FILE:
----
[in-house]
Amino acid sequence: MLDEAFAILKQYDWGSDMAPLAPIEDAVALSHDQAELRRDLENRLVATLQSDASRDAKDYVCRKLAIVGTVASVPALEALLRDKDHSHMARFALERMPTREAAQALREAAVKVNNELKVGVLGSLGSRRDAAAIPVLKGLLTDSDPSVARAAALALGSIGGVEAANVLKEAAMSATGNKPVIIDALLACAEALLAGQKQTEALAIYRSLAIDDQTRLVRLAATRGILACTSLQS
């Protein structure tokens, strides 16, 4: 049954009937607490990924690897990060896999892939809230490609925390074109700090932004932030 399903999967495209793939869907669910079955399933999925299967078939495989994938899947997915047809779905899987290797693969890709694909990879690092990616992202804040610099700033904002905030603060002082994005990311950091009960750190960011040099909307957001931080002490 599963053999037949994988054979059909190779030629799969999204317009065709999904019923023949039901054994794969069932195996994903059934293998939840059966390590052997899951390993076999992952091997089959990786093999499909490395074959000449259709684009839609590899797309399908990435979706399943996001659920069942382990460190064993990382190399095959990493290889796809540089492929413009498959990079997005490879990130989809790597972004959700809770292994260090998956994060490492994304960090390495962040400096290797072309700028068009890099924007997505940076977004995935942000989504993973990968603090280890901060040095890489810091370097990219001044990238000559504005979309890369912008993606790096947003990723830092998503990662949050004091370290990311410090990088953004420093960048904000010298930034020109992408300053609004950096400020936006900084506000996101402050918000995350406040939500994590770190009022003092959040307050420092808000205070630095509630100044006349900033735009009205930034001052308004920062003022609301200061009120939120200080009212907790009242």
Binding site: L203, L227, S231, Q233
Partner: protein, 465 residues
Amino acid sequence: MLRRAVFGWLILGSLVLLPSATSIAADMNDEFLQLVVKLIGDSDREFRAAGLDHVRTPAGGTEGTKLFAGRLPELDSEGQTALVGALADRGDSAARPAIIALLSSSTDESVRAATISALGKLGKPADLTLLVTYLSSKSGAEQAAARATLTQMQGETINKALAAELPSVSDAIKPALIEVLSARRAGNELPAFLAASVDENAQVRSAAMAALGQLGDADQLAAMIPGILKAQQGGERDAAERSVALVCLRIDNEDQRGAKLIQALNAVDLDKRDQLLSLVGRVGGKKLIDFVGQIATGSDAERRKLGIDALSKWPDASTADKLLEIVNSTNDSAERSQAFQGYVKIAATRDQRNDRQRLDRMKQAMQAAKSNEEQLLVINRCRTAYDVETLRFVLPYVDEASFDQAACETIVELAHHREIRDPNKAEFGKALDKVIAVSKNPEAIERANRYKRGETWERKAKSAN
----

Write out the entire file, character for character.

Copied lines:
[in-house]
Amino acid sequence: MLDEAFAILKQYDWGSDMAPLAPIEDAVALSHDQAELRRDLENRLVATLQSDASRDAKDYVCRKLAIVGTVASVPALEALLRDKDHSHMARFALERMPTREAAQALREAAVKVNNELKVGVLGSLGSRRDAAAIPVLKGLLTDSDPSVARAAALALGSIGGVEAANVLKEAAMSATGNKPVIIDALLACAEALLAGQKQTEALAIYRSLAIDDQTRLVRLAATRGILACTSLQS
């Protein structure tokens, strides 16, 4: 049954009937607490990924690897990060896999892939809230490609925390074109700090932004932030 399903999967495209793939869907669910079955399933999925299967078939495989994938899947997915047809779905899987290797693969890709694909990879690092990616992202804040610099700033904002905030603060002082994005990311950091009960750190960011040099909307957001931080002490 599963053999037949994988054979059909190779030629799969999204317009065709999904019923023949039901054994794969069932195996994903059934293998939840059966390590052997899951390993076999992952091997089959990786093999499909490395074959000449259709684009839609590899797309399908990435979706399943996001659920069942382990460190064993990382190399095959990493290889796809540089492929413009498959990079997005490879990130989809790597972004959700809770292994260090998956994060490492994304960090390495962040400096290797072309700028068009890099924007997505940076977004995935942000989504993973990968603090280890901060040095890489810091370097990219001044990238000559504005979309890369912008993606790096947003990723830092998503990662949050004091370290990311410090990088953004420093960048904000010298930034020109992408300053609004950096400020936006900084506000996101402050918000995350406040939500994590770190009022003092959040307050420092808000205070630095509630100044006349900033735009009205930034001052308004920062003022609301200061009120939120200080009212907790009242």
Binding site: L203, L227, S231, Q233
Partner: protein, 465 residues
Amino acid sequence: MLRRAVFGWLILGSLVLLPSATSIAADMNDEFLQLVVKLIGDSDREFRAAGLDHVRTPAGGTEGTKLFAGRLPELDSEGQTALVGALADRGDSAARPAIIALLSSSTDESVRAATISALGKLGKPADLTLLVTYLSSKSGAEQAAARATLTQMQGETINKALAAELPSVSDAIKPALIEVLSARRAGNELPAFLAASVDENAQVRSAAMAALGQLGDADQLAAMIPGILKAQQGGERDAAERSVALVCLRIDNEDQRGAKLIQALNAVDLDKRDQLLSLVGRVGGKKLIDFVGQIATGSDAERRKLGIDALSKWPDASTADKLLEIVNSTNDSAERSQAFQGYVKIAATRDQRNDRQRLDRMKQAMQAAKSNEEQLLVINRCRTAYDVETLRFVLPYVDEASFDQAACETIVELAHHREIRDPNKAEFGKALDKVIAVSKNPEAIERANRYKRGETWERKAKSAN